“We looked at those 26 pieces and how big they are and we’ve looked at the fact they can hit anywhere in the world between 57 north and 57 south and we looked at what the population density of the world is,” he said. “Numerically, it comes out to a chance of 1-in-3,200 that one person anywhere in the world might be struck by a piece of debris. Those are obviously very, very low odds that anybody’s going to be impacted by this debris.”

For comparison, some 42.5 tons of wreckage from the shuttle Columbia hit the ground in a footprint stretching from central Texas to Louisiana when the orbiter broke apart during re-entry in 2003. No one on the ground was injured and no significant property damage was reported.

Huge NASA Satellite Falling to Earth Is Largest in 30 Years

Huge NASA Satellite Falling to Earth Within Days Is Largest in 30 Years | NASA UARS & Upper Atmosphere Research Satellite | Space Junk & Orbital Debris | Space.com.

 

This happened a while ago but I’m still catching up!

The Upper Atmosphere Research Satellite hangs in the grasp of the Remote Manipulator System during deployment from Space Shuttle Discovery, September 1991.
The Upper Atmosphere Research Satellite hangs in the grasp of the Remote Manipulator System during deployment from Space Shuttle Discovery, September 1991.
CREDIT: NASA Marshall Space Flight Center

For the latest news about NASA’s UARS spacecraft fall, visit: Falling NASA Satellite: Complete Coverage of UARS Spacecraft’s Fiery Demise.

A dead climate satellite that has been gradually falling toward Earth is expected to plummet down within days, making it the most massive NASA satellite to make an uncontrolled re-entry into Earth’s atmosphere in over three decades, agency officals say.

NASA’s Upper Atmosphere Research Satellite, or UARS, is expected to plunge toward Earth sometime around Friday (Sept. 23), based on the latest estimates by the agency’s orbital debris experts.

 

The bus-size UARS satellite is one of the largest NASA satellites to plunge back to Earth uncontrolled in more than 30 years.

“The most massive NASA satellite to re-enter uncontrolled since Skylab was the Pegasus 2 satellite in November 1979,” Nick Johnson, chief scientist of NASA’s Orbital Debris Program Office at the Johnson Space Center in Houston, told SPACE.com in an email. “It had a mass of 10.5 metric tons, almost twice that of UARS.” [Worst Space Debris Events of All Time ]

Skylab was the first American space station and fell to Earth in 1979, with debris falling into the Indian Ocean and onto parts of Australia. In 2003, debris from NASA’s 100-ton space shuttle Columbia fell over Texas during re-entry in a tragic accident that killed seven astronauts. However, Columbia was a crewed spacecraft —not an unmanned satellite — and broke apart due to heat shield damage during what was supposed to be a controlled descent and landing.

 

Yet, despite the uncontrolled nature of the UARS spacecraft’s return, the chance of any debris landing in a populated area remains extremely remote, agency officials said.

According to NASA, there is a 1-in-3,200 chance that debris from the UARS satellite could hit anyone anywhere in the world. But, calculating the chance that you will get hit is a different figure entirely, and the odds of that happening are somewhere on the order of 1-in-several trillion, Matney said.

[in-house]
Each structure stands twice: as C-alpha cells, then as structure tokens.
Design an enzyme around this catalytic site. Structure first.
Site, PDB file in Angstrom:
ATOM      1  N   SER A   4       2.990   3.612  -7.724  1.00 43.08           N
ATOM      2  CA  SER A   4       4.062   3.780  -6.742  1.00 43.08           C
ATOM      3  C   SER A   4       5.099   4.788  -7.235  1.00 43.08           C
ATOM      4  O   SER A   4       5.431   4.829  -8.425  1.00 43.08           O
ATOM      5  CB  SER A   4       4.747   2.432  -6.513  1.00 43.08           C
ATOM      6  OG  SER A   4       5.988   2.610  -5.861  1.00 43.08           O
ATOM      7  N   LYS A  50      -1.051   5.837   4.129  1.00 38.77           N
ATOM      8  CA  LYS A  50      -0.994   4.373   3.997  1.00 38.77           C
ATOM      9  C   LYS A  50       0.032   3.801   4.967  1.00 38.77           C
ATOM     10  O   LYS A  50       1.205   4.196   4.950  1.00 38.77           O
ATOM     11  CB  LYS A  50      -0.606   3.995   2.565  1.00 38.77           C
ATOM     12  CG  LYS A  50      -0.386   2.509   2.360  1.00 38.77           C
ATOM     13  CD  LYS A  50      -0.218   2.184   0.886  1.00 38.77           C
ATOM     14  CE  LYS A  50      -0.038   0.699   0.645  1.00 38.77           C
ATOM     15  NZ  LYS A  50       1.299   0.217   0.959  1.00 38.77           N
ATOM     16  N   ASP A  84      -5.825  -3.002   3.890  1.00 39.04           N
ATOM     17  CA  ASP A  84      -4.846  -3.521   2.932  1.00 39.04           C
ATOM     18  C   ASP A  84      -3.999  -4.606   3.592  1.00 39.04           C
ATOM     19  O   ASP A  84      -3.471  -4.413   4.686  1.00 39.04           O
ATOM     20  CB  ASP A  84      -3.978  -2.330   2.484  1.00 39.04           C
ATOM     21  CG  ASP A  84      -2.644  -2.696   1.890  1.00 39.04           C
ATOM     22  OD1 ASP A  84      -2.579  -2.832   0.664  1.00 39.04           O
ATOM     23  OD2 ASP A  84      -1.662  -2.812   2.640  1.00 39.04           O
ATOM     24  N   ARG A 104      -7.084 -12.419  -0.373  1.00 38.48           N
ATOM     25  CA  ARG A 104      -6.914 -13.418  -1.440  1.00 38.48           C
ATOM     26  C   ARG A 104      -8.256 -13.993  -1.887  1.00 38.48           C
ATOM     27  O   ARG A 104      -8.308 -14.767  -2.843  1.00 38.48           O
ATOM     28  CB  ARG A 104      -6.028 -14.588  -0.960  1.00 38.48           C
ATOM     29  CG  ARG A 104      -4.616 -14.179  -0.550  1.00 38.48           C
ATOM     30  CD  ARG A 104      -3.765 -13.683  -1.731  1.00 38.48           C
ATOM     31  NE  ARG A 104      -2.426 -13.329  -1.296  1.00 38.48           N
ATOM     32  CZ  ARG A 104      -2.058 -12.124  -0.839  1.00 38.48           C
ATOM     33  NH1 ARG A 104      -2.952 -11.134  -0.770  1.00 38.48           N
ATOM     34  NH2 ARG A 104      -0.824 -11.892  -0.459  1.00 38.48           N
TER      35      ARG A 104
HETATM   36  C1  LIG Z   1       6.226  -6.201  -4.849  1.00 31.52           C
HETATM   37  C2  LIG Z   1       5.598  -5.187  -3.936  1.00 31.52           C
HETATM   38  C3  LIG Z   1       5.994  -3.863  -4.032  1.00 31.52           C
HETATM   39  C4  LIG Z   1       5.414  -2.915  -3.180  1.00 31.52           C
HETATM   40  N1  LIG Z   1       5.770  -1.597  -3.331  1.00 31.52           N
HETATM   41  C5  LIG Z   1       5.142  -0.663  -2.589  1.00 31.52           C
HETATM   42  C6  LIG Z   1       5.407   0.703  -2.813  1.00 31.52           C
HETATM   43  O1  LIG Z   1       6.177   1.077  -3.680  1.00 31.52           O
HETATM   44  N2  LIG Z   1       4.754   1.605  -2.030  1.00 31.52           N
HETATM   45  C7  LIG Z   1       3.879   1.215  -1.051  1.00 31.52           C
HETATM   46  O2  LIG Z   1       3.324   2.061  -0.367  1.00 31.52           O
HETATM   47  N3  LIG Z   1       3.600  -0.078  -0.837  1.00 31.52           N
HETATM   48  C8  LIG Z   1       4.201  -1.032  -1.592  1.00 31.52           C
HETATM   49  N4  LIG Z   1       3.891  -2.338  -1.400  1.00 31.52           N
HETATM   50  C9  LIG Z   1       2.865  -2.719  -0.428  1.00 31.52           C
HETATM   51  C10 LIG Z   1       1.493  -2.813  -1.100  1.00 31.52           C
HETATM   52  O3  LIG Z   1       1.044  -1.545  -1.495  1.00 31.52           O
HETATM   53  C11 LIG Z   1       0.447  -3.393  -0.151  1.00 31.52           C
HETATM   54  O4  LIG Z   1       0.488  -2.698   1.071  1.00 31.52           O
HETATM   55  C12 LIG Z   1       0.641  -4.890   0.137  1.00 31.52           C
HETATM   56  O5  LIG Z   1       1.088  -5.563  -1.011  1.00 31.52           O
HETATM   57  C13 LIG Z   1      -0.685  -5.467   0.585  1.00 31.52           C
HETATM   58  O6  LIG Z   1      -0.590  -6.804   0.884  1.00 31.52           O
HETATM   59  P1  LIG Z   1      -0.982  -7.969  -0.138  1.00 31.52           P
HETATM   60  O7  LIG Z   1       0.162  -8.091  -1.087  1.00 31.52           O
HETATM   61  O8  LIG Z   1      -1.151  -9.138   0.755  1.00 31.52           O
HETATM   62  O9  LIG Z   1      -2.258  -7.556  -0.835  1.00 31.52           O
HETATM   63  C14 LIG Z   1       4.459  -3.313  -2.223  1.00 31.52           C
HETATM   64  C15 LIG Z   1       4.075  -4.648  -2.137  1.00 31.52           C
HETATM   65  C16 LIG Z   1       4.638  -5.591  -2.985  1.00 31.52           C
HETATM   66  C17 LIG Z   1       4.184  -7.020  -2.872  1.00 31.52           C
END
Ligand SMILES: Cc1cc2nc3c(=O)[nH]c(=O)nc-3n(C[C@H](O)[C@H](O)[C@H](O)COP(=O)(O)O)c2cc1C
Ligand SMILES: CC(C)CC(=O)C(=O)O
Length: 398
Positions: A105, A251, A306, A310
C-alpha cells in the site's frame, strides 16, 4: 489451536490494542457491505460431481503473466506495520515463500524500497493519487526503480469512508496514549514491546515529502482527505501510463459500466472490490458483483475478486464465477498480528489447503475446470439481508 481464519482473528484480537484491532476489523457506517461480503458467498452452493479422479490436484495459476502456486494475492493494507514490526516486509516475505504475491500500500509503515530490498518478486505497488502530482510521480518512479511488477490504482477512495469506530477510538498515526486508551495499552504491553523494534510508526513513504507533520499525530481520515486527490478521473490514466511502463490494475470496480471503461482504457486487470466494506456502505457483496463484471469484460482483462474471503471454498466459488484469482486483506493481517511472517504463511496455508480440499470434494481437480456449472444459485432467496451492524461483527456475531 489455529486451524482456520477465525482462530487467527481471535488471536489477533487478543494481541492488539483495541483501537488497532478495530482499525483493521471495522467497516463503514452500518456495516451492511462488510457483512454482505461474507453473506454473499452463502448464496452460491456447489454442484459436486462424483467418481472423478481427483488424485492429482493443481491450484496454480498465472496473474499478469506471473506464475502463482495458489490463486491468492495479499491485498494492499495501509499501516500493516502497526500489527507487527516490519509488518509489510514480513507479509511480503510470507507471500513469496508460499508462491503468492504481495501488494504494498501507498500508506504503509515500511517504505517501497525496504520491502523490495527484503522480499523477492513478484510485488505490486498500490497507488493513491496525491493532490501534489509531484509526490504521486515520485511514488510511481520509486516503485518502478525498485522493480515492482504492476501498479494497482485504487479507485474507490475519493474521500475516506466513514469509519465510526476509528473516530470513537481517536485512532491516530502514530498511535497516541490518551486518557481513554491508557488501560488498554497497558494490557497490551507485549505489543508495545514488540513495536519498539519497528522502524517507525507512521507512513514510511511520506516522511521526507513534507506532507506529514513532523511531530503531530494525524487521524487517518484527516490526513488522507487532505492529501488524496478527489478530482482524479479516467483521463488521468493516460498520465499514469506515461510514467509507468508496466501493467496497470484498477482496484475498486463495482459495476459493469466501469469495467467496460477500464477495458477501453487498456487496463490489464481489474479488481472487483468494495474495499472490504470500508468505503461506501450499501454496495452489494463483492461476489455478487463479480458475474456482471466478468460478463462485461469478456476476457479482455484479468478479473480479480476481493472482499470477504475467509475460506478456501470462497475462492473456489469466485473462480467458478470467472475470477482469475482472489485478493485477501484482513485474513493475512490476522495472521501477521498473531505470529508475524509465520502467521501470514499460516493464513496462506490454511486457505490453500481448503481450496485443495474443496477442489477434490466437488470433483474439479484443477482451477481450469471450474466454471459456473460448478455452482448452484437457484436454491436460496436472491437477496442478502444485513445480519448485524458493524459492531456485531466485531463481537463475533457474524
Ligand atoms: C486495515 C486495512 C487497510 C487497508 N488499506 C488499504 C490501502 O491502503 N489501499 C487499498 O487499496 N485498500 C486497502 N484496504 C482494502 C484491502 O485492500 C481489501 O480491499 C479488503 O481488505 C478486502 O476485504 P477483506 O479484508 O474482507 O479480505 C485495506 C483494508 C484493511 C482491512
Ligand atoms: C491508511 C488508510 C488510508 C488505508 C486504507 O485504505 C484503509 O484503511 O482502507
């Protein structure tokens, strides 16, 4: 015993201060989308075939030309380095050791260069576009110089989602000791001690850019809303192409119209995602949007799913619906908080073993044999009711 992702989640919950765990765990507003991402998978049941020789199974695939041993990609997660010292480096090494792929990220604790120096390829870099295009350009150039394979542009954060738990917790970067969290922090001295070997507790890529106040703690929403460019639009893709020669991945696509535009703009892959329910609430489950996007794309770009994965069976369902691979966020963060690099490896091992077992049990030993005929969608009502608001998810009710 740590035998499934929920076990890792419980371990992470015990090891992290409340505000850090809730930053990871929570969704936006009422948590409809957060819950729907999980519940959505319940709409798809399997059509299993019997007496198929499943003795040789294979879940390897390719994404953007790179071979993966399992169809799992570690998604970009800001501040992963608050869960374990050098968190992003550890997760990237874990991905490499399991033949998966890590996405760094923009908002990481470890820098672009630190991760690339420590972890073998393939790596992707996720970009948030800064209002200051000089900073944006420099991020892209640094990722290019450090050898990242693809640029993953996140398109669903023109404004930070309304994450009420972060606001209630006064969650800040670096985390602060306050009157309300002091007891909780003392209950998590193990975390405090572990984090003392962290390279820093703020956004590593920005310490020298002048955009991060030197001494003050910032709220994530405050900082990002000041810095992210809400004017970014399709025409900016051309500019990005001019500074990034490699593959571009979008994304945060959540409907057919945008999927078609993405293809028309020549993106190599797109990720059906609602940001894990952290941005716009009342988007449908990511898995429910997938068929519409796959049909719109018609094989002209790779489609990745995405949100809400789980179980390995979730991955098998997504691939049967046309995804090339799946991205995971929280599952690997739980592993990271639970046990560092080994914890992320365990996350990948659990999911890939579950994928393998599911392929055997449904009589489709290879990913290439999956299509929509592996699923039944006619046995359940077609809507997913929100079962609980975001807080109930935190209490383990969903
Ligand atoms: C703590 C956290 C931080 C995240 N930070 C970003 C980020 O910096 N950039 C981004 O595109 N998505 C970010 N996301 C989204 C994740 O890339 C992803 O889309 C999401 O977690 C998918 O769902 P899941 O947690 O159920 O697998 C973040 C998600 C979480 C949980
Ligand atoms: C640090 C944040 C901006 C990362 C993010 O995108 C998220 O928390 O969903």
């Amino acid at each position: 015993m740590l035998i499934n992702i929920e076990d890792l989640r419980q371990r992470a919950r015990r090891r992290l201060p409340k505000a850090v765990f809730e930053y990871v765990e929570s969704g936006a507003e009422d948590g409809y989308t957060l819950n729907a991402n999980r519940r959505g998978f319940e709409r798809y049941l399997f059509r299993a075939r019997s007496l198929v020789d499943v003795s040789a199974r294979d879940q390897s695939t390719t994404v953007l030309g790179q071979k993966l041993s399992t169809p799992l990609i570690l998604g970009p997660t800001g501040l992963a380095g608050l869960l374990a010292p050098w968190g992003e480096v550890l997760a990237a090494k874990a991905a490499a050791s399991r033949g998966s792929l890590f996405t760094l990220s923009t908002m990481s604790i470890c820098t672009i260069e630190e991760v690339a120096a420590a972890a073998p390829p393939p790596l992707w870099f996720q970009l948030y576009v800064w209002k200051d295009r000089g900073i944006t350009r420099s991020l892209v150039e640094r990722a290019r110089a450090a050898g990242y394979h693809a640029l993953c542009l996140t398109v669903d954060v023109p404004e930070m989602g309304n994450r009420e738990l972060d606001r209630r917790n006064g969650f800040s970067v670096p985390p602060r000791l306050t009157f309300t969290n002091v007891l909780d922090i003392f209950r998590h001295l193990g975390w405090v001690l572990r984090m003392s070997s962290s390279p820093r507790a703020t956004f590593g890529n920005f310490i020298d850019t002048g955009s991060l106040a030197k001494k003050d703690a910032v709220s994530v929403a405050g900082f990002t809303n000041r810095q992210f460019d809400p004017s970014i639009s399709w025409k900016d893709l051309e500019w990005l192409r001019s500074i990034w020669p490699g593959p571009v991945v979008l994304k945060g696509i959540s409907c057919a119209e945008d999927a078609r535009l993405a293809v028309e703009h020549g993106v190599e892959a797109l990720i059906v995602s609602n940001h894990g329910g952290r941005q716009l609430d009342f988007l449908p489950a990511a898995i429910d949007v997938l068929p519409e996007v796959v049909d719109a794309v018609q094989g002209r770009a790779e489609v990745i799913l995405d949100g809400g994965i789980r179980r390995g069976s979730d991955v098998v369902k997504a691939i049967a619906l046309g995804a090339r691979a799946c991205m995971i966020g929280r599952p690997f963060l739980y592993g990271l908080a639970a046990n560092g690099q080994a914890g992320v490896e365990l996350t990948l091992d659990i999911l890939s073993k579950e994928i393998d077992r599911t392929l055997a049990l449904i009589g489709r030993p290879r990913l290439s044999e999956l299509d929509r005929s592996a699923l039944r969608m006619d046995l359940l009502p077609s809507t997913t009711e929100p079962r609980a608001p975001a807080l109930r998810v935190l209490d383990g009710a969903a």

“There’s always a concern,” Mark Matney, a scientist with NASA’s Orbital Debris Program Office, said in an interview. “But, populated areas are a small fraction of the Earth’s surface. Much of the Earth’s surface has either no people or very few people. We believe that the risk is very modest.”

 

Tracking a falling satellite

While NASA and the Air Force are tracking the UARS satellite as its orbit decays, officials are unable to pinpoint exactly when and where the debris will fall. [Complete Coverage: NASA’s Falling UARS Satellite]

Current predictions of the debris drop zone cover most of the planet — anywhere between the latitudes of northern Canada and southern South America. Scientists will not be able to narrow down the impact zone until about two hours before pieces of the defunct satellite hit the ground.

“It is still too early to predict the time and location of re-entry,” NASA officials said in their latest update. “Predictions will become more refined over the next two days.”

Scientists in the agency’s Orbital Debris Program Office estimate that at least 26 large pieces of the satellite will survive the fiery trip through Earth’s atmosphere.

“It’s partly a matter of not knowing enough,” said Ray Williamson, executive director of the Secure World Foundation, an organization dedicated to the peaceful use of outer space. “The shape of the structure is not perfectly spherical, so when it heats up and starts to break up, it will break into odd pieces. Once it begins to break up, then they can get a better sense of where this is roughly going to hit.”

Falling to Earth

UARS is expected to re-enter over a 500-mile (804-kilometer) path, but since majority of the Earth is covered with ocean, debris from the satellite will likely fall over water or remote, desolate regions of the planet, NASA officials have said.

“We’re pretty small compared to the total land surface area of the Earth,” Williamson told SPACE.com. “There is so much open space and ocean that generally we don’t have to worry very much about debris hitting a structure or a human.”

The massive climate satellite measures 35 feet (10.7 meters) long and 15 feet (4.5 m) wide. Originally, agency officials thought the UARS satellite would fall to Earth sometime between late September and early October, but due to heightened solar activity last week, the spacecraft has been falling faster than expected.

“As sunspots increase on the sun, the type of extreme ultraviolet radiation that affects the upper atmosphere increases also,” Matney explained. “The more the atmosphere heats, the more it expands, and the spacecraft sees more drag.”